Martijn Visser, Tim Delen
4 April 2016
The financial reporting for insurers will change radically now that a new policy line will come into effect in less than three years’ time. In an attempt to make the figures more comparable and transparent, the IFRS 17 – a new reporting directive which compares and interprets insurance contracts differently than before – will come into force on 1 January 2021.
The advent of new reports and calculation models means that, in order to become IFRS 17 compliant, one must, among other things, perform an impact analysis, view current systems and adapt them where necessary, track down (historical) data, and train employees.
Lucien Albers van der Linden, Manager Business Development, and Geert Stomp, Senior Consultant Solutions, of the Redmore Group have extensive experience in implementing complex processes for insurers and offer seven tips on how to make the transition to IFRS 17 as smooth as possible in the coming years.
- Choose a multidisciplinary approach
Involve all sections of the company early on in drawing up a new policy, because everyone will have to work with the new standard. Choose a multidisciplinary approach and form a task force to achieve your objectives, consisting of actuaries, finance professionals, model builders, managers, compliance officers, IT specialists and data analysts.
- Reassess use of (internal) data knowledge
Old and new data must be reassessed for usability, but the insurers’ administration does not go far enough back in time for this. As a result, historical and unstructured data must be reproduced and collected. It is important to make use of (internal) data knowledge, for example from experienced (former) employees.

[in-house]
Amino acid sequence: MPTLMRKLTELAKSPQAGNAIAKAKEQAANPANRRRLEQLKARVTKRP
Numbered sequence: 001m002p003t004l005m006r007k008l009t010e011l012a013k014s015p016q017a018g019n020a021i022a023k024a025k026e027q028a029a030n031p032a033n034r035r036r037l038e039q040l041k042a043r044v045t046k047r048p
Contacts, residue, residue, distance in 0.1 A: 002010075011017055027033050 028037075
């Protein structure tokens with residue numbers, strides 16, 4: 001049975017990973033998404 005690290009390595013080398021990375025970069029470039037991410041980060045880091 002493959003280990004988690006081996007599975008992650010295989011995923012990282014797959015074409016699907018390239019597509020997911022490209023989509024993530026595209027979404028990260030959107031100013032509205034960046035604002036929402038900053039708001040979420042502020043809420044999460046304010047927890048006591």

- Analyse and structure the data
When the data is collected, the information must be assessed for usability. This is easier done if the information is analysed and structured beforehand. By using big data analytics one can see which data is missing and needs to be filled.
- Implement step by step
By implementing new processes step by step and experimenting with them first on a small scale, problem areas can be detected early. Begin by working in short cycles (scrum/agile, especially in the IT workflow) and coordinate ideas with stakeholders. Only later should the working method be expanded within your organisation.
- Keep the transition manageable
Set priorities for the requirements and determine the level of ambition to keep the transition to the new standard manageable. This allows you to gradually get used to the change, making the transition smoother. Be careful that the IFRS 17 project is not used by the organisation to implement irrelevant or different wishes and requirements, which could overload the budget and program.
- Educate your employees
Much of the success depends on how quickly your employees can switch over to the new standard,; since they are your most important asset. Make sure your organisation embraces the new reporting form, is agile and has the eagerness to work with it. Do not let them simply ‘go free’ after training, but keep your finger on the pulse.
- Prevent duplication of work
After the design phase, set up a tight, pragmatic programme organisation in which information is shared correctly and in good time with other parts of the company; this prevents the same problem from being tackled in different departments. Focus on optimising the information and process flow; process-mining techniques can help.
Extra tip: learn from the lessons surrounding the implementation of previous IFRS processes and Solvency II. Even though the models cannot be adopted one-to-one and IFRS 17 requires much more (historical) data, a number of important building blocks, processes and complex implementation techniques are certainly comparable.